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Obama Administration Ends Persecution Of Medical Marijuana Users

by @ 8:40 am on October 19, 2009. Filed under Barack Obama, Individual Liberty, Politics, War On Drugs

The Obama Administration has finally brought an end to the Federal Government’s insane war on sick people:

WASHINGTON (AP) — The Obama administration will not seek to arrest medical marijuana users and suppliers as long as they conform to state laws, under new policy guidelines to be sent to federal prosecutors Monday.

Two Justice Department officials described the new policy to The Associated Press, saying prosecutors will be told it is not a good use of their time to arrest people who use or provide medical marijuana in strict compliance with state laws.

The new policy is a significant departure from the Bush administration, which insisted it would continue to enforce federal anti-pot laws regardless of state codes.

Fourteen states allow some use of marijuana for medical purposes: Alaska, California, Colorado, Hawaii, Maine, Maryland, Michigan, Montana, Nevada, New Mexico, Oregon, Rhode Island, Vermont and Washington.

California is unique among those for the widespread presence of dispensaries — businesses that sell marijuana and even advertise their services. Colorado also has several dispensaries, and Rhode Island and New Mexico are in the process of licensing providers, according to the Marijuana Policy Project, a group that promotes the decriminalization of marijuana use.

Attorney General Eric Holder said in March that he wanted federal law enforcement officials to pursue those who violate both federal and state law, but it has not been clear how that goal would be put into practice.

A three-page memo spelling out the policy is expected to be sent Monday to federal prosecutors in the 14 states, and also to top officials at the FBI and the Drug Enforcement Administration.

The memo, the officials said, emphasizes that prosecutors have wide discretion in choosing which cases to pursue, and says it is not a good use of federal manpower to prosecute those who are without a doubt in compliance with state law.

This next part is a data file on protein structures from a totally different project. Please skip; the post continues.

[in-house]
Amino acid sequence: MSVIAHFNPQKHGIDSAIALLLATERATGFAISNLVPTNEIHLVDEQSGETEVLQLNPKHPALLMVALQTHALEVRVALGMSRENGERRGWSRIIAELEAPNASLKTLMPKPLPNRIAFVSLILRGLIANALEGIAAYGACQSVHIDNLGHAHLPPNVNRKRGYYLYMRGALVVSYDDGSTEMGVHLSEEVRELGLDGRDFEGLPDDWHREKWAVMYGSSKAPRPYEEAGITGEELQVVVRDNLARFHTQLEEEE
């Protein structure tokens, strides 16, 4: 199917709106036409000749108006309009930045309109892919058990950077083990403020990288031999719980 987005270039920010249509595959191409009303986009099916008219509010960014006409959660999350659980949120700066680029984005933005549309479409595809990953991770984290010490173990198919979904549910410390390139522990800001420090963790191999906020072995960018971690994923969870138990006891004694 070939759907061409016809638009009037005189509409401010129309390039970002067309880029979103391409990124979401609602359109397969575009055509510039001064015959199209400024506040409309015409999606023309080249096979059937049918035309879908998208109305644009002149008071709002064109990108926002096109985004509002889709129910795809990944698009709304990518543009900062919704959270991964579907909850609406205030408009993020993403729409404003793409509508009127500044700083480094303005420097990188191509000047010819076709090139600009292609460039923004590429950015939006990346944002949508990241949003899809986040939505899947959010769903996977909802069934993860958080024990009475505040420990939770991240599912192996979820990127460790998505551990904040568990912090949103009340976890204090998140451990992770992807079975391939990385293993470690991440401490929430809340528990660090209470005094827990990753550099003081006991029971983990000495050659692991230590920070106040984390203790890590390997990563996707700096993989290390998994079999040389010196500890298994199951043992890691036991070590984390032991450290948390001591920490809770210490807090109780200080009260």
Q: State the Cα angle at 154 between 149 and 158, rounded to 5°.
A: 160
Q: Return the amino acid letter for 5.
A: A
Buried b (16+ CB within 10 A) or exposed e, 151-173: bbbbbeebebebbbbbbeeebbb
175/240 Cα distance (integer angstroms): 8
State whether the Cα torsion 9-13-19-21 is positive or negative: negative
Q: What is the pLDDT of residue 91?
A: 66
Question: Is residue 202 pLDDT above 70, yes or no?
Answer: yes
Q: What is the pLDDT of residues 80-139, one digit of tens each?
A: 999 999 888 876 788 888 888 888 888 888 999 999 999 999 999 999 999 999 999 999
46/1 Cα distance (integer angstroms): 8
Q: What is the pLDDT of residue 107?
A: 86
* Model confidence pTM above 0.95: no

The officials spoke on condition of anonymity because they were not authorized to discuss the legal guidance before it is issued.

”This is a major step forward,” said Bruce Mirken, communications director for the Marijuana Policy Project. ”This change in policy moves the federal government dramatically toward respecting scientific and practical reality.”

It’s a first step, but a very good first step.

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11 Responses to “Obama Administration Ends Persecution Of Medical Marijuana Users”

  1. EJ says:

    finally, some good news coming from the white house for a change

  2. James Young says:

    So, I guess it’s OK for an Administration to ignore congressionally-passed statutes, so long as you agree with the outcome.

    Good to know you have some “standards.”

  3. Bleev says:

    Don’t worry, James, if you need some marijuana, give me a call.

  4. James,

    Would you prefer they ignore the 10th Amendment ?

    If the people of California want to make marijuana use legal for medical purposes, why should the Feds say no ?

    And, where in the Constitution are federal laws against any drugs authorized by the way ?

  5. James Young says:

    Well, Bleev, no one “needs” marijuana, and I’m certainly no exception to that, so thanks, but no thanks. However, please leave your number, and I’ll be happy to refer it to the appropriate Commonwealth’s Attorney.

    And Doug, why shouldn’t they “ignore the 10th Amendment”? They ignore the First, Second, and — according to you — the Fourth, Fifth, and Sixth, with the PATRIOT Act, and probably a few others, too. Suddenly — and NOT out of an abiding concern for the 10th Amendment (nice effort to avoid the criticism, by the way) — they decide they’re not going to enforce a validly-enacted and judicially-reviewed and upheld law, and you’re celebrating the fact.

    Interesting double standard.

  6. James,

    Where’s the double standard ? I oppose federal drug laws and so I support any Administration’s effort to exercise prosecutorial discretion in matters such as this.

    I guess you’d prefer the Bush Administration’s heartless and ineffective approach to the War On (Some) Drugs.

    And the fact that the Feds have been derelict in respecting the Constitution in the past is no reason to object when they do it now

  7. James Young says:

    That’s all well and good, Doug, but I guess I’m missing something, since I nowhere see reference to the Tenth Amendment in the Administration’s announcement of the new policy.

    I guess it’s just a rationalization authored by supporters of more liberal drug policies.

    Or more probably, wishful thinking, which is a poor substitute for sound constitutional reasoning.

  8. James,

    Please identify the constitutional provision that, properly construed, gives Congress the power to regulate what someone puts in their body.

  9. James Young says:

    Oh, I don’t disagree that there is no “constitutional provision that, properly construed, gives Congress the power to regulate what someone puts in their body.” But here, you’re endorsing the President’s SELECTIVE determination of those congressional enactments — constitutional or not — that he chooses to enforce.

    For once, those calling for impeachment may actually be right. Not that it will get anywhere.

  10. Would this not fall under the rubric of prosecutorial discretion ?

  11. [...] (well, maybe only where I look) I see talk about the Tenth Amendment. Last week President Obama announced that “it will not be a priority to use federal resources to prosecute patients with serious [...]

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